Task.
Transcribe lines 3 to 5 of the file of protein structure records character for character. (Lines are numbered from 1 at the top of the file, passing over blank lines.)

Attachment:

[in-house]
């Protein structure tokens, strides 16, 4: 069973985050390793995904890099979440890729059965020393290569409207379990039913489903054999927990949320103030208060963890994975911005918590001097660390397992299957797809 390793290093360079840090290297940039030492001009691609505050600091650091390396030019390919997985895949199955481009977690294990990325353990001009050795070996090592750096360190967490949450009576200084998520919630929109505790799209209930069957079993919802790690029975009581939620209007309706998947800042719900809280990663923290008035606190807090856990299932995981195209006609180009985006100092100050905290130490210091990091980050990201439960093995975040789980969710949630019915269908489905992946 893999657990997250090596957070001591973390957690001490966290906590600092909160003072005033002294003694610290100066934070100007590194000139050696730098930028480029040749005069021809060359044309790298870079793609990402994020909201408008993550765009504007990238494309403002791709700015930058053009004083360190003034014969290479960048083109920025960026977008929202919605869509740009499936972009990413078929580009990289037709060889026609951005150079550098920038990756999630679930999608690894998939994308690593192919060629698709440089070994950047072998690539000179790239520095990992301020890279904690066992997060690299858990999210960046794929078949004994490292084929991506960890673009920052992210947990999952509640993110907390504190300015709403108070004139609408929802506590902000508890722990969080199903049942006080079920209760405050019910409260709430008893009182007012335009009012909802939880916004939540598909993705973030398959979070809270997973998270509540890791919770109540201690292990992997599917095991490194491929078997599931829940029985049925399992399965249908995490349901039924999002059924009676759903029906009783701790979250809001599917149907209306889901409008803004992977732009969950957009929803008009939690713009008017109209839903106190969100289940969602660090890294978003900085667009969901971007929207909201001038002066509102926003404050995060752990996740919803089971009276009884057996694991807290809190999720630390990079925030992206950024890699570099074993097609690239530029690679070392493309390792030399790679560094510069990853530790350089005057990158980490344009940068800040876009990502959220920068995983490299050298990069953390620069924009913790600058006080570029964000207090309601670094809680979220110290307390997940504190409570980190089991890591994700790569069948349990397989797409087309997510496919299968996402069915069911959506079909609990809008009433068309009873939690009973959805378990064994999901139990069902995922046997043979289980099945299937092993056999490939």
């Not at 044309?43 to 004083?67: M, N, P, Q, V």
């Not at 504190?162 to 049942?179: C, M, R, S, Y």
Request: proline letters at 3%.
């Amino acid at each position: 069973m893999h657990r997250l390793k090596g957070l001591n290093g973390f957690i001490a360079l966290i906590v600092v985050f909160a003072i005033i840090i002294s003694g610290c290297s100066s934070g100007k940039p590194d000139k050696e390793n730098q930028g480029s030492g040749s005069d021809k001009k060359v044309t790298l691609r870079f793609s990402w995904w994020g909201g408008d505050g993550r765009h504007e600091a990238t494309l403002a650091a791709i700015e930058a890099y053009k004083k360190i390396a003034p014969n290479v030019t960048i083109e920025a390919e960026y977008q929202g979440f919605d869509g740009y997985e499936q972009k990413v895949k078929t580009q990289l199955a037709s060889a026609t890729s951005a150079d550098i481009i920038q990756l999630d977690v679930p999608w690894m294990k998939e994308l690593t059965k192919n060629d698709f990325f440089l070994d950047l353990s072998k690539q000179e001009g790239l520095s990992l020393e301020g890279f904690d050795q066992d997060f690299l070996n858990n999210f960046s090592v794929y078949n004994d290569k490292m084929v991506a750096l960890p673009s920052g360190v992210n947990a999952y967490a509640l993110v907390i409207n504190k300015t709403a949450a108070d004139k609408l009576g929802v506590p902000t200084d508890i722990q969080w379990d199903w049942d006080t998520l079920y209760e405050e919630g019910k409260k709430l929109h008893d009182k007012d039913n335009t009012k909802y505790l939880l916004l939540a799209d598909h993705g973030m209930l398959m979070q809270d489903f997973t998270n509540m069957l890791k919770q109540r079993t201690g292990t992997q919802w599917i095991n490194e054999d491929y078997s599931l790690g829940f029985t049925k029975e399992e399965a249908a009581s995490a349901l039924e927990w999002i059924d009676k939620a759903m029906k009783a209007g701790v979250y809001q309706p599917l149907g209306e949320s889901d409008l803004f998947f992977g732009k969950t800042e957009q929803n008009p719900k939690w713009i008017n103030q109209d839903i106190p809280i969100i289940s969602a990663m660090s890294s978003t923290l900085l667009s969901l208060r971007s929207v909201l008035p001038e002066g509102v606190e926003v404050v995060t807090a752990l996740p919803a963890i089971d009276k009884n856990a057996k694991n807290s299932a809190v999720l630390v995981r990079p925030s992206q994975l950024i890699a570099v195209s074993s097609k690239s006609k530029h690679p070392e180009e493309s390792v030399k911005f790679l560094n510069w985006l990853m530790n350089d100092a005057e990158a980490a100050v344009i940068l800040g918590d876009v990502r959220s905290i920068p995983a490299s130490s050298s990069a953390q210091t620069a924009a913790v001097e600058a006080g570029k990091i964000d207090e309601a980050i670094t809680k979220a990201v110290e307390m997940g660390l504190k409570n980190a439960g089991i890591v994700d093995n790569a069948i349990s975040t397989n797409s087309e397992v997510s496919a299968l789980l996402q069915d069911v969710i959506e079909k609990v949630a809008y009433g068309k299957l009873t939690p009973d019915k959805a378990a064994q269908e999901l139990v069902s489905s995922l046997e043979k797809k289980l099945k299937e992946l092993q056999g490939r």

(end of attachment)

């Not at 044309?43 to 004083?67: M, N, P, Q, V």
């Not at 504190?162 to 049942?179: C, M, R, S, Y």
Request: proline letters at 3%.